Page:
A while ago @sujato wrote an essay on the meaning of n’atthi atta in SN44.10–the sutta on Vacchagotta’s questions on the existence of a self. That topic is old and has sparked many discussions already. I have a point related to it, but which is also wider, so I thought I’d open a new topic to make that point.
Sujato argues the verb atthi often describes what he calls “absolute existence”. This may be true, but atthi is far from always used in this sense, so maybe there is something else going on.
I think in this text the annihalationist view of n’atthi atta may better be interpreted as “the self will not exist” instead of “the self does not exist (absolutely)”. The present tense in Pali can have a future connotation, as indicated by AK Warder who says it implies to the “immediate future”, although perhaps it should be “certain (imagined) future”. We see this use of the present tense for example in na hoti param marana, “[the self] no longer exists after death”. (e.g. SN 44.7) Here hoti is a present tense, while the context is the future.
- AN 3.92: hoti so samayo, “there will come a time”.
- AN 9.4: pajjati, “will attain” (translated this way by Bhikkhu Bodhi).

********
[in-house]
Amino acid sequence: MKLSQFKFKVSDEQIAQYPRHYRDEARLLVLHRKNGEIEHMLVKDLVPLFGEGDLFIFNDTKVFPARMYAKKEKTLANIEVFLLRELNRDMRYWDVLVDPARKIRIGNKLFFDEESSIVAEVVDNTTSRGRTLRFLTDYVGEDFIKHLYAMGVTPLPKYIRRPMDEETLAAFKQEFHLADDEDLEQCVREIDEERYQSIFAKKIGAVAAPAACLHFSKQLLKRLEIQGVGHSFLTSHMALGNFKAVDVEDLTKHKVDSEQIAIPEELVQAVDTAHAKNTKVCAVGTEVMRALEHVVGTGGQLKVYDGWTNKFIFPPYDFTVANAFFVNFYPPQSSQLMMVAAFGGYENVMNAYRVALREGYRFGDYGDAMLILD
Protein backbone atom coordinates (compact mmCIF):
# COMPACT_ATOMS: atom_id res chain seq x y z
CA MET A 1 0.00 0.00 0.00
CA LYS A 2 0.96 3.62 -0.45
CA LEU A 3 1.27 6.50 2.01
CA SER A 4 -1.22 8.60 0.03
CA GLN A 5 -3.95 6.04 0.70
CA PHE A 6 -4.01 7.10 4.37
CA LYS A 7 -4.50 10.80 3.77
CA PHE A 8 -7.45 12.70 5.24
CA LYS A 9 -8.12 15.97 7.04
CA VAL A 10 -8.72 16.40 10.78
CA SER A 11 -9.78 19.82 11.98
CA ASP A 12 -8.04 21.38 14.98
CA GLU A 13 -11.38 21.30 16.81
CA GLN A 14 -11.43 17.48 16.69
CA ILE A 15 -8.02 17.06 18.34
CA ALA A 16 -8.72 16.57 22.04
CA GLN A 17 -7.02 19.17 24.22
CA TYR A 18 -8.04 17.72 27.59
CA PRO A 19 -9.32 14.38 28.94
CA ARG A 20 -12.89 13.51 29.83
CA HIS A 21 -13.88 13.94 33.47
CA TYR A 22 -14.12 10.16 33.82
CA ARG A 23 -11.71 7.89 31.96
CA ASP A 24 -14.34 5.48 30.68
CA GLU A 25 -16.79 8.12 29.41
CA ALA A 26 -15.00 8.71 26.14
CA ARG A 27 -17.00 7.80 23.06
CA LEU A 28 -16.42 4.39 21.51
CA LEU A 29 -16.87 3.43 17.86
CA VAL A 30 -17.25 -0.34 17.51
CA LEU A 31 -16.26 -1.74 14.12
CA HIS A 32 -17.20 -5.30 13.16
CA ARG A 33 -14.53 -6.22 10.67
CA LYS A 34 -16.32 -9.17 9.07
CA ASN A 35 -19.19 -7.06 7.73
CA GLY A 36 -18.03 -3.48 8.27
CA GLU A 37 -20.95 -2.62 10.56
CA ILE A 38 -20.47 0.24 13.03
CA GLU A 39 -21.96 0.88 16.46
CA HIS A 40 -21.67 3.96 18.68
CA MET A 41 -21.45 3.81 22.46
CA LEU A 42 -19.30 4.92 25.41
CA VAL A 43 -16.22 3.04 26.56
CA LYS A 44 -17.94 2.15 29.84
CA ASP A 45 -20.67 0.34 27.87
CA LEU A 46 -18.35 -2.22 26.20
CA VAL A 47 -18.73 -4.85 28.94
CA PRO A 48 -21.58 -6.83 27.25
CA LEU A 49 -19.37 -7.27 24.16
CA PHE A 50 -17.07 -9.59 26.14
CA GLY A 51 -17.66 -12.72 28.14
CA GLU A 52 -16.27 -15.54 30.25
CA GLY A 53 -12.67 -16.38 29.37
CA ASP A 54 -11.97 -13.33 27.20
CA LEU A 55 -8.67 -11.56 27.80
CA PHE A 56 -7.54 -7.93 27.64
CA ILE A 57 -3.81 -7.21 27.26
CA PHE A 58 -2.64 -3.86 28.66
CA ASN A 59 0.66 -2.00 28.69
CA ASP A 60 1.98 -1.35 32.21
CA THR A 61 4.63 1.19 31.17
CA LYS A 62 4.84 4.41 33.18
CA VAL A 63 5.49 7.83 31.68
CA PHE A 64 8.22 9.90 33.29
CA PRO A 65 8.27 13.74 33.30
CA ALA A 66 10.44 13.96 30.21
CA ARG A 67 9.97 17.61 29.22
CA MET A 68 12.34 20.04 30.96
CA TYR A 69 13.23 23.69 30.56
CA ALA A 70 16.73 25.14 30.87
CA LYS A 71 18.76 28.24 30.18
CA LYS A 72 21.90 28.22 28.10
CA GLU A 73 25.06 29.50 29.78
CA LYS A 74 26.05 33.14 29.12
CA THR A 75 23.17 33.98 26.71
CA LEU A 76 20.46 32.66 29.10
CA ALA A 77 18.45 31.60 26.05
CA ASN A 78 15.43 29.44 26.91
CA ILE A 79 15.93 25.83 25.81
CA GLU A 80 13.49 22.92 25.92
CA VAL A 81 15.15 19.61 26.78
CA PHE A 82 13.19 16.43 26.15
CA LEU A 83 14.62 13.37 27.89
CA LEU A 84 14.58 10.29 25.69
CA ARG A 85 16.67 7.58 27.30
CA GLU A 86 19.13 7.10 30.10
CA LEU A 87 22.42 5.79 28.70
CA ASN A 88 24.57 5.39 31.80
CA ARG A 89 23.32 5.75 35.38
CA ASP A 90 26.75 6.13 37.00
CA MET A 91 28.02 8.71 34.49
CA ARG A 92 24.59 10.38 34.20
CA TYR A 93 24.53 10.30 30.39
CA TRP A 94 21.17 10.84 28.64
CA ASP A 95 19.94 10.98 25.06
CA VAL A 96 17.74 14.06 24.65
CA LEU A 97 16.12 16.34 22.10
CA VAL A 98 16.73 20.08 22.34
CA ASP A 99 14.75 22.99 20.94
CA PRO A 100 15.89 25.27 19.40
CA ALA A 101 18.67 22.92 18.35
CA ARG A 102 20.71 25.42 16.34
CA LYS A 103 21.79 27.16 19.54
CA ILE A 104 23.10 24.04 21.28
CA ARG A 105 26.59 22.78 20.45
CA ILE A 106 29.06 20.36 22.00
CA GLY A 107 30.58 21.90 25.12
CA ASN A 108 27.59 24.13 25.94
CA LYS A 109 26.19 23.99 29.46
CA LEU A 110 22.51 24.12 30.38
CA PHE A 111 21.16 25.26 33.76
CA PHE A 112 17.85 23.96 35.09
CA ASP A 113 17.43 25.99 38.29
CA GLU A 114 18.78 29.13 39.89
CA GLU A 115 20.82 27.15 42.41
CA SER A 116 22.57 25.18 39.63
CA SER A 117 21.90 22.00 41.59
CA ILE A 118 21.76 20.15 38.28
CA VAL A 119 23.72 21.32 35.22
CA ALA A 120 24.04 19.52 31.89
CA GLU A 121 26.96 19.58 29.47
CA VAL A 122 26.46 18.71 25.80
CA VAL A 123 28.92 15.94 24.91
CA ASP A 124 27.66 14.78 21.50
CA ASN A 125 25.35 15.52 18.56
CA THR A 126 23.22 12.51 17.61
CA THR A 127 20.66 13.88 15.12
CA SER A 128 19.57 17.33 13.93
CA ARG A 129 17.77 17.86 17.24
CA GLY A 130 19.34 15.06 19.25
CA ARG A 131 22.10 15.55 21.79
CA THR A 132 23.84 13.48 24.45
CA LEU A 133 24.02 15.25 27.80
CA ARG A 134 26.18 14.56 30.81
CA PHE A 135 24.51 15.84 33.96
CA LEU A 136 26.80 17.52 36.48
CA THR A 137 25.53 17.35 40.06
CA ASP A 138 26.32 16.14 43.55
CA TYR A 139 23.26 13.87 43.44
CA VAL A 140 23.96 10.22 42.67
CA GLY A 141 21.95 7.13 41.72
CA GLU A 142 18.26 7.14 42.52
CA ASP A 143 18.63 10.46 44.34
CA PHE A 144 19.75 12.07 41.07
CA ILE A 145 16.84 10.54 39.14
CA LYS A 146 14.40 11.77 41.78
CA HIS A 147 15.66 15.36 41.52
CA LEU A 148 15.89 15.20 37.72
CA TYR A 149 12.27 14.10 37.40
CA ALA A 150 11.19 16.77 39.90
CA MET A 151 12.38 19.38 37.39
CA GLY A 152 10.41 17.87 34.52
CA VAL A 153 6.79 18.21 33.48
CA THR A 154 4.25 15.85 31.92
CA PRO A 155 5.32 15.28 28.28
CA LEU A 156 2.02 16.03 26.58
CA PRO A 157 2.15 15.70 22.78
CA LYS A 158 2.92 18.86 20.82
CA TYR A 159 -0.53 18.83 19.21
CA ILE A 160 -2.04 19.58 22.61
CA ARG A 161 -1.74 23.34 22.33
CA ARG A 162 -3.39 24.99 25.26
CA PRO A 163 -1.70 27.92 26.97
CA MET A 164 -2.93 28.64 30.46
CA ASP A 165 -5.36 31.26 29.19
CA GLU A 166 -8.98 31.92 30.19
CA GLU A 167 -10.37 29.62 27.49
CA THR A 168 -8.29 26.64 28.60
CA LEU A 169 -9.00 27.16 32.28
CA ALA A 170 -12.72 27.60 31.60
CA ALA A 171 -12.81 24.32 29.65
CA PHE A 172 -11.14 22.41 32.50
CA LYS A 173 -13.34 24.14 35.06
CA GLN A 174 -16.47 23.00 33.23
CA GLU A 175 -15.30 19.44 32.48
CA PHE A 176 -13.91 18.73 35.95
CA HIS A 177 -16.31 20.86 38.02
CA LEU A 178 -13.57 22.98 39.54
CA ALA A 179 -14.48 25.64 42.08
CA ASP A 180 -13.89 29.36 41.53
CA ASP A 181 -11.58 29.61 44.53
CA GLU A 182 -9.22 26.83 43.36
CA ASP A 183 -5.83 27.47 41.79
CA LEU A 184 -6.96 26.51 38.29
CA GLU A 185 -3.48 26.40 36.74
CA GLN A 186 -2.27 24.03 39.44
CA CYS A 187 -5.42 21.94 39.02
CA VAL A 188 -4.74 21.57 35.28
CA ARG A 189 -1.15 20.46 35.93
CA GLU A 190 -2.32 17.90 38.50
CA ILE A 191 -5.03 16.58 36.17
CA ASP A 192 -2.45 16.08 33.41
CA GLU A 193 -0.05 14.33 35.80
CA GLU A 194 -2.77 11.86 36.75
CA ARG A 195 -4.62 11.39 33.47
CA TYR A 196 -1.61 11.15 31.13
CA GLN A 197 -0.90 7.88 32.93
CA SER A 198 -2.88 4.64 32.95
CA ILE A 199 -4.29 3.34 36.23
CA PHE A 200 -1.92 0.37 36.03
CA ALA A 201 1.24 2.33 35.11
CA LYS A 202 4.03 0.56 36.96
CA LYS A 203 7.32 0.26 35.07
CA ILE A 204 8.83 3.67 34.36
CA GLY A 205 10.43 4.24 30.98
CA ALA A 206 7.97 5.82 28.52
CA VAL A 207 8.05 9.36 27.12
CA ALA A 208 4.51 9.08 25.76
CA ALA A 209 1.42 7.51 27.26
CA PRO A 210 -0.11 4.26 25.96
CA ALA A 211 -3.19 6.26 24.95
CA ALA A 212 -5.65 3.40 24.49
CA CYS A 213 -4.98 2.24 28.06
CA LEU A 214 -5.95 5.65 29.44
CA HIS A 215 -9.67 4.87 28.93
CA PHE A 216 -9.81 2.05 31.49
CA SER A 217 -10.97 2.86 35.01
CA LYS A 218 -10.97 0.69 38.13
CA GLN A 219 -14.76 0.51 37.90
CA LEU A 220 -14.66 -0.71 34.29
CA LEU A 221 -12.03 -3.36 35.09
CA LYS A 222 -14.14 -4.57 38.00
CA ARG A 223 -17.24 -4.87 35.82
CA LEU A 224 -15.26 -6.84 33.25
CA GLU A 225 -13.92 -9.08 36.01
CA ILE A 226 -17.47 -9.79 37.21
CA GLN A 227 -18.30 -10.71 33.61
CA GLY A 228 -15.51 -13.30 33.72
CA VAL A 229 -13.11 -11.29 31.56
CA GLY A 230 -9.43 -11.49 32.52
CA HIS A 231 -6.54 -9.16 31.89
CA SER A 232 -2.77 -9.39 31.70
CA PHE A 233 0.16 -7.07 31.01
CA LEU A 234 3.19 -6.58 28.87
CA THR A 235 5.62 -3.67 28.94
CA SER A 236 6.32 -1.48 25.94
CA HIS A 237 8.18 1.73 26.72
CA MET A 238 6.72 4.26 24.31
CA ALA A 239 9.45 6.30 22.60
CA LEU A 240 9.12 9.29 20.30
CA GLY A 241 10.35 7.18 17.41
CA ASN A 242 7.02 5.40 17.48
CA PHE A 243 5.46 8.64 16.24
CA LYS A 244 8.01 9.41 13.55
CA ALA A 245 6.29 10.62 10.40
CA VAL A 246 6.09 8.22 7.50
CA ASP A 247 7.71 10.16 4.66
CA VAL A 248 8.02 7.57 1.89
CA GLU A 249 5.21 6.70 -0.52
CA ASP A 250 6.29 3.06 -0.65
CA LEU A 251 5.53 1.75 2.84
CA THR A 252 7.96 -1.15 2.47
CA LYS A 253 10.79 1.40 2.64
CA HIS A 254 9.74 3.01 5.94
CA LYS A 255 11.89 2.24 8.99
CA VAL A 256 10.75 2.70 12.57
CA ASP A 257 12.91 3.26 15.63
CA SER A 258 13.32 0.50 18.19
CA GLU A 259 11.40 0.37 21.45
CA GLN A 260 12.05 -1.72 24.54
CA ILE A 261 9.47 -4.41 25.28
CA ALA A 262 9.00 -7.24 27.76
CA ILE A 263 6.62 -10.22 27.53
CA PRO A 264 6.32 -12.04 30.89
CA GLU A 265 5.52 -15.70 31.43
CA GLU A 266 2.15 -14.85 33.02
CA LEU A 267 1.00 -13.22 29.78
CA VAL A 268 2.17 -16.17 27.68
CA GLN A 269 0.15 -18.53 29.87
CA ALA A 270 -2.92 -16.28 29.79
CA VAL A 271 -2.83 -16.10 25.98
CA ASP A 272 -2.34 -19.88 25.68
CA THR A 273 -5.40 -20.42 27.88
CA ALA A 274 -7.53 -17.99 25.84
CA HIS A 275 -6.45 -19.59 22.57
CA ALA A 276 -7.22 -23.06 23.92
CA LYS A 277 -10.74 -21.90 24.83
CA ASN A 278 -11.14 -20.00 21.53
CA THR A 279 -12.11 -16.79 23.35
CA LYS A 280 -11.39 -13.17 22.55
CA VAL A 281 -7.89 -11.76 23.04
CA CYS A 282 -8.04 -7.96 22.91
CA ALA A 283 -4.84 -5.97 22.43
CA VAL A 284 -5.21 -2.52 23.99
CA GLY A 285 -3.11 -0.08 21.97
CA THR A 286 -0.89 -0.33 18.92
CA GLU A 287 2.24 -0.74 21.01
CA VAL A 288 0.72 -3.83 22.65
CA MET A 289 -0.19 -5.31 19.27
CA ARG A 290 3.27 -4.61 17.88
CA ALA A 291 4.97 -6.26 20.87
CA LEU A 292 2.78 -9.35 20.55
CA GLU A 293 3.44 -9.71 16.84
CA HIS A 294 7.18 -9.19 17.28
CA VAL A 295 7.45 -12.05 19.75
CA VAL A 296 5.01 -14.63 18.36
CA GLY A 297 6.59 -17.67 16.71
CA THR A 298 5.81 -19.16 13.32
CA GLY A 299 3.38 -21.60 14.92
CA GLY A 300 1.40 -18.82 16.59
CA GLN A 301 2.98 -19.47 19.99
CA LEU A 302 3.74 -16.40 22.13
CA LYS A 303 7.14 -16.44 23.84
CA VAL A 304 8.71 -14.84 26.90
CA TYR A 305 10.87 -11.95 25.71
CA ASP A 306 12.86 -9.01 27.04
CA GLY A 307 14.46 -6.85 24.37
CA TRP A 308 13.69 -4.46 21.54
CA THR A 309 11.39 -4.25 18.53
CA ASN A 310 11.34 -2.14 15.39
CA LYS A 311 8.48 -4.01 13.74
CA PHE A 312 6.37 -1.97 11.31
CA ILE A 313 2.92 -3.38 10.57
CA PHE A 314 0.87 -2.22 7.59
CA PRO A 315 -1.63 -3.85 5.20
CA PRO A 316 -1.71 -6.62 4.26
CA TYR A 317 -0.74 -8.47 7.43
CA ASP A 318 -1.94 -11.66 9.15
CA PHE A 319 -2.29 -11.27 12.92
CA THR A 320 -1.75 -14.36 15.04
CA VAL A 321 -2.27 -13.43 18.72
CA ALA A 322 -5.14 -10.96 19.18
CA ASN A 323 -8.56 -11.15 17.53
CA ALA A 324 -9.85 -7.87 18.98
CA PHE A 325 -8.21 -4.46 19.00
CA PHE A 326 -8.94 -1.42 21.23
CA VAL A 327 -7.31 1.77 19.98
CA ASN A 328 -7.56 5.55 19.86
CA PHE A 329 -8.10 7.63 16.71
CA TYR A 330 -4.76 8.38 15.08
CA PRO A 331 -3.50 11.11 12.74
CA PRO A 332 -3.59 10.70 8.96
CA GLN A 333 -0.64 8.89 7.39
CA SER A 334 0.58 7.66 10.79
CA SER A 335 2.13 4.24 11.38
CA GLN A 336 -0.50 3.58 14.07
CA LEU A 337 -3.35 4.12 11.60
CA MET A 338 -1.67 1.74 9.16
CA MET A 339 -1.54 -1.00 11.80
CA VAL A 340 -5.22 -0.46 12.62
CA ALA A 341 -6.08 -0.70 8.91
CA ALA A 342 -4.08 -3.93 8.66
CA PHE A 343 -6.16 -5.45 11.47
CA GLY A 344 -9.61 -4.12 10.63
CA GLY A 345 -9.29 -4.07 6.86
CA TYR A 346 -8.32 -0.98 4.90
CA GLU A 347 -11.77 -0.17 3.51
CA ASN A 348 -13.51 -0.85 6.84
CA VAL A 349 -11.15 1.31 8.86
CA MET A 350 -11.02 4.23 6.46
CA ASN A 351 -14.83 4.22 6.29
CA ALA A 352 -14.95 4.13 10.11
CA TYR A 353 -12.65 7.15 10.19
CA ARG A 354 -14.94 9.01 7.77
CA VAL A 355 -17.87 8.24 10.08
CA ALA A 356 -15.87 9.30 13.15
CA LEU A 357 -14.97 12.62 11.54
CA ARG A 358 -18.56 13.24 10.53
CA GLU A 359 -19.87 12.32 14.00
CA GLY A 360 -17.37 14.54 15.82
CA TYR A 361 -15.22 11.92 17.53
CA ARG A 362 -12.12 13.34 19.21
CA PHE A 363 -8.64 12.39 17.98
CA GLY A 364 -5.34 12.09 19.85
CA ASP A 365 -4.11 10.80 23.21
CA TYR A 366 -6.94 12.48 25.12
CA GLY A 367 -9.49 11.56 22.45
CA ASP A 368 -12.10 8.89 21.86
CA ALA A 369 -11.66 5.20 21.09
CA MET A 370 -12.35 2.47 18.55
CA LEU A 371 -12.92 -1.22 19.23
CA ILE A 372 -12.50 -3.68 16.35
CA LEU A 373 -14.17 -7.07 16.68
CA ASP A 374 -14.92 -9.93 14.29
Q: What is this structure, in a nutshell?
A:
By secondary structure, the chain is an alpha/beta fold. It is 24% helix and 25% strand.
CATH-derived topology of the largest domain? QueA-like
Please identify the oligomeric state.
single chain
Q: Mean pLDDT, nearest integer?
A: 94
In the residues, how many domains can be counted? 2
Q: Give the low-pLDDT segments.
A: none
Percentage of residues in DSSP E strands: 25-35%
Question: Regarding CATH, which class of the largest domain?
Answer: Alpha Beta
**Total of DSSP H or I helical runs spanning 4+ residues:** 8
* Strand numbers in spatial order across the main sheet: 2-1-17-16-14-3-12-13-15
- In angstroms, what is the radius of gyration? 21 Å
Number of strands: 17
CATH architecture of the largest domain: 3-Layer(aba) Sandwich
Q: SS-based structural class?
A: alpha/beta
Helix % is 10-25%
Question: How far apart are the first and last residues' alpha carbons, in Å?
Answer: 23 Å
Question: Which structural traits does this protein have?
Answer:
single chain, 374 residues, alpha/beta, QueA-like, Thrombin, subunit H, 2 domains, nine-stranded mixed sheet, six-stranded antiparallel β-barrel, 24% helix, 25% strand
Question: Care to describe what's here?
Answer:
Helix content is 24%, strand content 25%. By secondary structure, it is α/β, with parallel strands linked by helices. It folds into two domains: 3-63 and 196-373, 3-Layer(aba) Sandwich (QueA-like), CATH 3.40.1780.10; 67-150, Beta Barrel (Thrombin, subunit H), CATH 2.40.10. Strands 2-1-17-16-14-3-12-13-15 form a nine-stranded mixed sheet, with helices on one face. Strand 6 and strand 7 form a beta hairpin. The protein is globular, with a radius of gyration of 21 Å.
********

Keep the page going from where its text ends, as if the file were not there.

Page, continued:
- MN 140: na jīyati, na mīyati, “he will not get born, will not die”
- AN 3.94, an example of atthi itself: Tasmiṁ ce, bhikkhave, samaye ariyasāvako kālaṁ kareyya, n’atthi taṁ saṁyojanaṁ yena saṁyojanena saṁyutto ariyasāvako puna imaṁlokaṁ āgaccheyyā. “If, bhikkhus, the noble disciple would pass away on that occasion [when he is in jhana], there is (i.e. will be) no fetter bound by which he might return to this world.”
In English there exists a similar use of the present tensen, as in "he arrives tomorrow”.
The Buddha says in SN44.10 that if he would teach n’atthi atta, he would be “siding with” the annihilist. And translating it as “there will be no self” makes the statement effectively identical to statements made by annihalists, such as “after death this self is (i.e. will be) destroyed” (Iti 49). It may cause other problems in English, that I don’t know, but as far as the Pali goes, I think that’s what it’s saying here. Either way, I think it creates less confusion than “the self does not exist absolutely”, which is a bit artificial and akward in my opinion. Also, this is not an annihilist statement per se.
This future use of the present tense also can be applied to other core doctrinal passages. For example, there are suttas stating “being enlightened, one is freed from suffering” (e.g. AN 8.6). But an arahant still suffers, so this might better be translated as “and being enlightened, one will be freed from suffering”. Or in dependent cessation we can have “when birth ceases, death will cease” instead of “when birth ceases, death ceases”, because obviously there will still be one last death after birth has ceased.
Maybe that is useful to you, but probably not!